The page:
On the other hand, if you show concern and take time to attend to their grandmother and other family members who need you, then they would learn about one specific way to show sensitivity.

Inculcating in them the Golden Rule could help a lot in this endeavor. Sometimes when boys are not “taught” how to be sensitive, they grow into men, who are also callous, self centered and selfish.

You should also teach them the value of being considerate. This story by Holly Jahangiri “Promises, Promises” is an appropriate example of how the teacher -who is supposed to be a responsible adult – demonstrated an insensitive behavior.

2. Let them read a book that touches on sensitivity

There are interesting teen books on line and in bookstores that talk about how to care for the welfare of others and how to be concerned about other people’s feelings. “Chicken Soup for the Soul: Teens Talk Growing Up” (www.chickensoup.com/), The Little Prince are two of the many books that you could allow them to read.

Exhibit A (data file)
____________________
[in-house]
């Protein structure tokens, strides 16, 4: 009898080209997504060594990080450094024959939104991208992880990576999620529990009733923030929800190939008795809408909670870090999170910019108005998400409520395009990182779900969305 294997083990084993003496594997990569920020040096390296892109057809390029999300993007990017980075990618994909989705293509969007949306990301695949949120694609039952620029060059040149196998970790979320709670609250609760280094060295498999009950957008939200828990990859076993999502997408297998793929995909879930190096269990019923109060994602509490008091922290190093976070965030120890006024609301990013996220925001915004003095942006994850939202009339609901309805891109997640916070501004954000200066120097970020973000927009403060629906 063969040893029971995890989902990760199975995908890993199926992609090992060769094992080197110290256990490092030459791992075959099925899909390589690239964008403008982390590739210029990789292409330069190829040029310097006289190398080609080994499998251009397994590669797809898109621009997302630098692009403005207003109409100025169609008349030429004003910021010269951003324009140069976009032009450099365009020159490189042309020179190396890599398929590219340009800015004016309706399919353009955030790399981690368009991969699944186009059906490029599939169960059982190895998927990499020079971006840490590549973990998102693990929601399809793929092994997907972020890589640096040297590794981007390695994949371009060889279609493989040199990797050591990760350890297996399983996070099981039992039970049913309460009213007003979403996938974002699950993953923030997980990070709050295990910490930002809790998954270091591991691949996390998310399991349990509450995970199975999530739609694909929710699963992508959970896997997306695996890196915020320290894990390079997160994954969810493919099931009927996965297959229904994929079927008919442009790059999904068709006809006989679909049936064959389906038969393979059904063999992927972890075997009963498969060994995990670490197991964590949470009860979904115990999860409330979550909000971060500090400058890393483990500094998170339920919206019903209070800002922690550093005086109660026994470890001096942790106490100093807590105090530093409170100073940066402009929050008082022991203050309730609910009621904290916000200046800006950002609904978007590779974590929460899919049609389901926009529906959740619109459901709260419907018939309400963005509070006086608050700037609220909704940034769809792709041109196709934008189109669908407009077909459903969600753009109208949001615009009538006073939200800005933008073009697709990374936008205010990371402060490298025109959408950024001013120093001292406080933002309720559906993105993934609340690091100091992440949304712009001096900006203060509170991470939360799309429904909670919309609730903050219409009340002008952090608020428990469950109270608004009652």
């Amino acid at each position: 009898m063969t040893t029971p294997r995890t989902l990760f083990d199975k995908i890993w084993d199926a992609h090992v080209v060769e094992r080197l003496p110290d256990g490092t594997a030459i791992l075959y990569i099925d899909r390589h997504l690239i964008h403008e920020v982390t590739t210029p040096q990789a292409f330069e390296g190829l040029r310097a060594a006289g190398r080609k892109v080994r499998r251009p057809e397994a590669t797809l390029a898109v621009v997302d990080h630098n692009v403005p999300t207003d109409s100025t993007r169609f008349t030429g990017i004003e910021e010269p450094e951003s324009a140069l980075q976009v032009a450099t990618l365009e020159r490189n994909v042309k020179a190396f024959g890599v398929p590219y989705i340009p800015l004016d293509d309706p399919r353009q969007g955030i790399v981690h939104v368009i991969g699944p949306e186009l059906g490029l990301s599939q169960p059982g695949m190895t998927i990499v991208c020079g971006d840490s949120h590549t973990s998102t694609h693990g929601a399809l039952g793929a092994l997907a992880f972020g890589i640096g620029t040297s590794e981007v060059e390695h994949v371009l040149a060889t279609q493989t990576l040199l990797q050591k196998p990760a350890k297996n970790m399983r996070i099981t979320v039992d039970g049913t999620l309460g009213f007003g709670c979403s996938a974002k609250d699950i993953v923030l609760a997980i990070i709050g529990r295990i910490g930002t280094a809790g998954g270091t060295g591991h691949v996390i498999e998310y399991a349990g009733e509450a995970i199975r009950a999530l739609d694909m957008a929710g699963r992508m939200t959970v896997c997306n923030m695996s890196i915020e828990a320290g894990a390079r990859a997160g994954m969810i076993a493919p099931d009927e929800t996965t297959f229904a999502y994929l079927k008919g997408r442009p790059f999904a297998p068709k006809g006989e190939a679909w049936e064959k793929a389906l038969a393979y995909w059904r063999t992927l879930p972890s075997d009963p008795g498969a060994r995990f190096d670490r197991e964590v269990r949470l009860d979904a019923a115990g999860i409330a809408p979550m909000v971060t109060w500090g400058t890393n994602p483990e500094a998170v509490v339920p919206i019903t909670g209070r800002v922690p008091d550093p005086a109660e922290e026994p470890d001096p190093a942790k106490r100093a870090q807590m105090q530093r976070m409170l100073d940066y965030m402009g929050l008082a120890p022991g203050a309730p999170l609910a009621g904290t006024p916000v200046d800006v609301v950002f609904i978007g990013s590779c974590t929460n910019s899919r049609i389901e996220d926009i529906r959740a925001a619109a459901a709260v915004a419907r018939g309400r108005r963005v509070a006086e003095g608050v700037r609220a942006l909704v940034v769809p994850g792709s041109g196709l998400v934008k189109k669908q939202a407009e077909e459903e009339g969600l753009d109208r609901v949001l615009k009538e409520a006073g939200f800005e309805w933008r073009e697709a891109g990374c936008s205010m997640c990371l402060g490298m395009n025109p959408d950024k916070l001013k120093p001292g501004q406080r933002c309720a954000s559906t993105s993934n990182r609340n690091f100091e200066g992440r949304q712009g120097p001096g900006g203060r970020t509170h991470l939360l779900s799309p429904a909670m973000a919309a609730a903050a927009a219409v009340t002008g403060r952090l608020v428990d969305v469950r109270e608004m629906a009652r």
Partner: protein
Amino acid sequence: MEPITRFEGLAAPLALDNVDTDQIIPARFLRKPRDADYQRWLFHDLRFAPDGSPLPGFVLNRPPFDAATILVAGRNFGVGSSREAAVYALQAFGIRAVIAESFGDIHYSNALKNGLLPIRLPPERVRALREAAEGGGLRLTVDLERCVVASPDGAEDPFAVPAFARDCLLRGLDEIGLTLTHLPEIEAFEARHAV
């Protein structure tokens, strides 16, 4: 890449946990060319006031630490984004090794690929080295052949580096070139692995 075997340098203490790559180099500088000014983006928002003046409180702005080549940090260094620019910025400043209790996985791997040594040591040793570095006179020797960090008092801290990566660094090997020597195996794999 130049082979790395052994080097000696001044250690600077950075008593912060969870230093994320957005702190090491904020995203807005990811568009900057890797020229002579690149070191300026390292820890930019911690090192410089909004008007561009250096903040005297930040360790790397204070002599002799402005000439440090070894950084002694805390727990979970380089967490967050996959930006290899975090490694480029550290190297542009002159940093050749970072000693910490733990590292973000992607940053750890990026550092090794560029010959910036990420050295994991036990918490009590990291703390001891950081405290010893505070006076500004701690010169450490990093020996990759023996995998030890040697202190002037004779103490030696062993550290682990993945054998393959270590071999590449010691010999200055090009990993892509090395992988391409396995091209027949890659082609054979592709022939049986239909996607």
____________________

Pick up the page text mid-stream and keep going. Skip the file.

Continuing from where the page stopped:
If you have more suggestions, feel free to contribute them in the comment section.

3. Bring them to a community outreach program

When they see other people serving others without expecting anything in return, they would learn the value of noble, generous service. You could allow them to participate in the distribution of gifts to poor children. This would be an actual exposure and immersion for them and would leave an imprint in their young minds. The joy of being able to help and make other people happy would be a unique “high” for them. They would be more aware of being “sensitive” to other people’s needs.

4. Instruct them on the importance of body language